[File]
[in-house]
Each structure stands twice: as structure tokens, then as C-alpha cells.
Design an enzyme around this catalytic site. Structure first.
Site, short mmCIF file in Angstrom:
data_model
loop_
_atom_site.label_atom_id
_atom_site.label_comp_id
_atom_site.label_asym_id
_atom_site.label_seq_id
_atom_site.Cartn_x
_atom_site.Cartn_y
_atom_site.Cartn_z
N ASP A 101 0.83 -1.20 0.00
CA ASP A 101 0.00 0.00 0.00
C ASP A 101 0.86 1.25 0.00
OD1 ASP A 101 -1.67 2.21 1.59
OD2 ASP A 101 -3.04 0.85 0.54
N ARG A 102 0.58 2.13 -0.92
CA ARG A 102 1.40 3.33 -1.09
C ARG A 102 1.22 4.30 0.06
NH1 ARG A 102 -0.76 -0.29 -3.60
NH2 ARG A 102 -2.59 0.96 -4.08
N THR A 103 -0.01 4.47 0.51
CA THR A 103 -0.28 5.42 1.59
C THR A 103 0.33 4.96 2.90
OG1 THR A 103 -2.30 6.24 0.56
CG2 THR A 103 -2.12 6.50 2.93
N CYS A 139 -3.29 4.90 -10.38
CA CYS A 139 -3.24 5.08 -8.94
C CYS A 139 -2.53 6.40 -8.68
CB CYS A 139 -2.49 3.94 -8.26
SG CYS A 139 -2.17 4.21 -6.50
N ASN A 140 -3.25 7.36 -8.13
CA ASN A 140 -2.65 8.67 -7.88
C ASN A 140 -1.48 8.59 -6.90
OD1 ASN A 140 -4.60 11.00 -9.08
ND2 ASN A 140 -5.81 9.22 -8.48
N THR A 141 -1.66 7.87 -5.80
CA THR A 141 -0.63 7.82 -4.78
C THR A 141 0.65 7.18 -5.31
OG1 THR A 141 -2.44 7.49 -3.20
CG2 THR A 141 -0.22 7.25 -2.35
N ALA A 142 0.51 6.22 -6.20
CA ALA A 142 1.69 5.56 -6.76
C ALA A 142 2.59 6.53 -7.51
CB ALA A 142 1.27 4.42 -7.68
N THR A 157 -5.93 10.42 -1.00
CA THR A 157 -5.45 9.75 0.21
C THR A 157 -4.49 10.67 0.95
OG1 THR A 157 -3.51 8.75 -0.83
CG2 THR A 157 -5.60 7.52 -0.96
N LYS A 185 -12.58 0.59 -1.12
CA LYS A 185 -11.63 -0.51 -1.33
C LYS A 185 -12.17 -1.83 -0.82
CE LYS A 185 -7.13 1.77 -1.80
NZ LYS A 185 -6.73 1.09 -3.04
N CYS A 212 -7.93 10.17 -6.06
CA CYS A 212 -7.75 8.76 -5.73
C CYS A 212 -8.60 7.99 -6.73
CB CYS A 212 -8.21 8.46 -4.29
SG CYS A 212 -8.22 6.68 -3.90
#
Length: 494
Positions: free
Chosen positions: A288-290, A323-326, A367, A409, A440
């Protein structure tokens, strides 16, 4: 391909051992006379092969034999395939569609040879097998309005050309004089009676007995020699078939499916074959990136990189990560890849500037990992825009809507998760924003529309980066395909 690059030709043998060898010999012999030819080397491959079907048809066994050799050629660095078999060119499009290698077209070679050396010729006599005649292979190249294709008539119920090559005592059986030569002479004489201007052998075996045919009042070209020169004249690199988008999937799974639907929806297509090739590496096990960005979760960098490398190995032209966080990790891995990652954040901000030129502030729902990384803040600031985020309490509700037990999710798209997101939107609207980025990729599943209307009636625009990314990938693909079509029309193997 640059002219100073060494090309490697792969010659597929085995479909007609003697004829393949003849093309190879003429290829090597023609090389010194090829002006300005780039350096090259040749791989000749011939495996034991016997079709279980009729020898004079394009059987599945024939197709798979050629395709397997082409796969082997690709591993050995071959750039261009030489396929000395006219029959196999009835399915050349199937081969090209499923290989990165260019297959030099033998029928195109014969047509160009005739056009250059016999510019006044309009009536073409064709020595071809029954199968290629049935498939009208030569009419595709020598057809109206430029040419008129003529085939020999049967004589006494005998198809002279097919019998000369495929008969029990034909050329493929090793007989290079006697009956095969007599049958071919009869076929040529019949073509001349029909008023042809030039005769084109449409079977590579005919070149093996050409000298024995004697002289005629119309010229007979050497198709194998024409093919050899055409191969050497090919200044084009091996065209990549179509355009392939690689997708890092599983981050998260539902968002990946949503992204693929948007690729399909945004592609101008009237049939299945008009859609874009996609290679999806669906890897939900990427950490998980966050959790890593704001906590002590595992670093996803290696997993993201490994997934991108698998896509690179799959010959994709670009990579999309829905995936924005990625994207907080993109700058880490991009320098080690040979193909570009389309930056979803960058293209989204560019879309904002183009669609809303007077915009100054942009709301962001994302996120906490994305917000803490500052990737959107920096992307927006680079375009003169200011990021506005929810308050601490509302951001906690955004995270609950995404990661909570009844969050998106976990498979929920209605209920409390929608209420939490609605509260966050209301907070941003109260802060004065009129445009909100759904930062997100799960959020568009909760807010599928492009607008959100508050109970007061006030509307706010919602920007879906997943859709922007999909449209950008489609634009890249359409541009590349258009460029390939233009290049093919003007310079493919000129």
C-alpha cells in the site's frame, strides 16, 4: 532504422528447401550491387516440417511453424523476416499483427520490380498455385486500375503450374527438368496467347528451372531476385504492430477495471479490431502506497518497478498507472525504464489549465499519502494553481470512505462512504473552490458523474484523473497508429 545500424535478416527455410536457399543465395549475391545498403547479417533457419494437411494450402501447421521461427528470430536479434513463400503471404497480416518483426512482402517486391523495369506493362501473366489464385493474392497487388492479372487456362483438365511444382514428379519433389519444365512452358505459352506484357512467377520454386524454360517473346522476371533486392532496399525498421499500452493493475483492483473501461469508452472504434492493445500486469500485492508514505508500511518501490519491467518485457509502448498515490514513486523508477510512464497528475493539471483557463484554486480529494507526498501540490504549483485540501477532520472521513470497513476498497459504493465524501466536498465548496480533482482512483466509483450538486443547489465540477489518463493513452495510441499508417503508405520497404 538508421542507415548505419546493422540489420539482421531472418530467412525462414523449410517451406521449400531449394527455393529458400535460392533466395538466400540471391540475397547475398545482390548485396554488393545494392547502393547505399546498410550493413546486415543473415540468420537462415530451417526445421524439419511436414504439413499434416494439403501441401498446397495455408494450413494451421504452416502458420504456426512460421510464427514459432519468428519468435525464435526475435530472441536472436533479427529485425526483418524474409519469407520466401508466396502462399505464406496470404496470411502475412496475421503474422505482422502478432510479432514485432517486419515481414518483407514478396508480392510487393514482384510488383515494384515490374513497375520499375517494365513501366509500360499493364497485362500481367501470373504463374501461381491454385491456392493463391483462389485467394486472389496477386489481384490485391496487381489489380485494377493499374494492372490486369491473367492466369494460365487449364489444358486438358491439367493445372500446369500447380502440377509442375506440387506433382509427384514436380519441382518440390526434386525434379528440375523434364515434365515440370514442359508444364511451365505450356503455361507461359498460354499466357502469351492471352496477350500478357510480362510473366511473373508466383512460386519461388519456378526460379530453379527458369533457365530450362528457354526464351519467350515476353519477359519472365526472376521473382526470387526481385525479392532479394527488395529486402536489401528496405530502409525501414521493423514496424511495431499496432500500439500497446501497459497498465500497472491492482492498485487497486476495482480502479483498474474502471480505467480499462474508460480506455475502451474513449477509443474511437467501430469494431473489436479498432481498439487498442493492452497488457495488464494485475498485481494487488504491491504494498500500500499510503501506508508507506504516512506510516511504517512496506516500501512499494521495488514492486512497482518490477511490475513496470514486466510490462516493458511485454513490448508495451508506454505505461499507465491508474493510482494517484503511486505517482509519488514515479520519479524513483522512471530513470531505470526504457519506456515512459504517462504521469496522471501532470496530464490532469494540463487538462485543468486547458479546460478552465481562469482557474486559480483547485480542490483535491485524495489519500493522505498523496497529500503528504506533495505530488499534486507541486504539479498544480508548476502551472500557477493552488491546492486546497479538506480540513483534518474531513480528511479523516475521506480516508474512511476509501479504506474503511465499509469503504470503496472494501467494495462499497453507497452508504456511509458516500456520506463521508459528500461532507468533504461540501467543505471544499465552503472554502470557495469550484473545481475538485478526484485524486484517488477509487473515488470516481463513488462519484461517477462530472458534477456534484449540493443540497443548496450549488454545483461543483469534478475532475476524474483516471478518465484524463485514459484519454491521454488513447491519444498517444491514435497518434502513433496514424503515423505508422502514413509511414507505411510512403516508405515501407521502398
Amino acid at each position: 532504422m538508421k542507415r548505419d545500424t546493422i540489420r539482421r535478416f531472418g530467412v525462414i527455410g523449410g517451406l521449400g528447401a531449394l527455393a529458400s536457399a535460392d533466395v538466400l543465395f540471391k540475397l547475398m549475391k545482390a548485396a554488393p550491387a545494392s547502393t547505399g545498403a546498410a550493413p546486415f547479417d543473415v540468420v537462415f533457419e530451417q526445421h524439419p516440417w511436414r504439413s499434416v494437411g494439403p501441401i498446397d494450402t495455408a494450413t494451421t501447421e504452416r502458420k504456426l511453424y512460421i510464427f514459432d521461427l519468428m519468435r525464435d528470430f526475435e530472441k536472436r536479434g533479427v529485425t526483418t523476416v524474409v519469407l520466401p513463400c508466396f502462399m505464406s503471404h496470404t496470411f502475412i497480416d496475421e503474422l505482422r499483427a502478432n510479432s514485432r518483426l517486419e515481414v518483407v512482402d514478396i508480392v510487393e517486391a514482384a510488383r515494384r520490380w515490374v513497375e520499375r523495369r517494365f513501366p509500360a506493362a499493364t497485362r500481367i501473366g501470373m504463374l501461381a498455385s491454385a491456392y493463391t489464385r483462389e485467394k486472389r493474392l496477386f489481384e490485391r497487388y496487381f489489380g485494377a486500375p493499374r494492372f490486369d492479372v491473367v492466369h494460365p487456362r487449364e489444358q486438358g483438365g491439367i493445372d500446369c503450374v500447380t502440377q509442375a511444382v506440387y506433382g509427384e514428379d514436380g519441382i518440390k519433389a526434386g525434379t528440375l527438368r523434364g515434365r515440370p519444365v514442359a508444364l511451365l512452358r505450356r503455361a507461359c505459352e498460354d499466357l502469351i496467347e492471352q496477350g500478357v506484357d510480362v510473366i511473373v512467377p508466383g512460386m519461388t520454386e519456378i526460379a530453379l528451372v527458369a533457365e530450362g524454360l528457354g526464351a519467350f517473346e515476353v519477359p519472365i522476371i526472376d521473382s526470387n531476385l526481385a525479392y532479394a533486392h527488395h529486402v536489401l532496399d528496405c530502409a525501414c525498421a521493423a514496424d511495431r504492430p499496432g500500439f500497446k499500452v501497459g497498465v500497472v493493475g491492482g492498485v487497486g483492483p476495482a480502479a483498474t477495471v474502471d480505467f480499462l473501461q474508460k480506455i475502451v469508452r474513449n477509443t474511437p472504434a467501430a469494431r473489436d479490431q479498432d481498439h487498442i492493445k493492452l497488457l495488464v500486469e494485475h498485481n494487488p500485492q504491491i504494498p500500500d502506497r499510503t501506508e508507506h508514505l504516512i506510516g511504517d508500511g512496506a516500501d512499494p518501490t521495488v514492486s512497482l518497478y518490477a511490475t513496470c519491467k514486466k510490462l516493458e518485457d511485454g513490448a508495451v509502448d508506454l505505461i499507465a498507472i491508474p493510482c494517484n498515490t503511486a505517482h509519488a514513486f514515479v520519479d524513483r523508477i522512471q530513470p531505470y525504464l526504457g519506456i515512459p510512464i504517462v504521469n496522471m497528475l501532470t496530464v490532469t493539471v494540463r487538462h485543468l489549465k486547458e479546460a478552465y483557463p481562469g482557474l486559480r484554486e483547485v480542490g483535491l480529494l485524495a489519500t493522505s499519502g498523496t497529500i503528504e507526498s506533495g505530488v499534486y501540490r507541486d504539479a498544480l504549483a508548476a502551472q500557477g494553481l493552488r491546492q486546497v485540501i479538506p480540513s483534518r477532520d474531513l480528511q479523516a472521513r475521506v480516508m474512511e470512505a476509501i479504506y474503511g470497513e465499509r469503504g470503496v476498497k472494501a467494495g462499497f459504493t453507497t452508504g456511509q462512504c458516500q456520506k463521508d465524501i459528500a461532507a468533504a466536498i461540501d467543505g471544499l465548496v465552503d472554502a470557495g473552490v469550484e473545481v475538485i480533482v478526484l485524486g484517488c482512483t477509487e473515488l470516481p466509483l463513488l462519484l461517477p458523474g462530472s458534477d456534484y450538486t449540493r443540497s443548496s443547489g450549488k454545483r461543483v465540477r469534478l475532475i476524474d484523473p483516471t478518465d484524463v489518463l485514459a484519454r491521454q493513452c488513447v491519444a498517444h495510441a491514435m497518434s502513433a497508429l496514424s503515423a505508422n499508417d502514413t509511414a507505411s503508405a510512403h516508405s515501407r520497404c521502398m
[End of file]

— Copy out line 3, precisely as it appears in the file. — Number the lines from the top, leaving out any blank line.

Design an enzyme around this catalytic site. Structure first.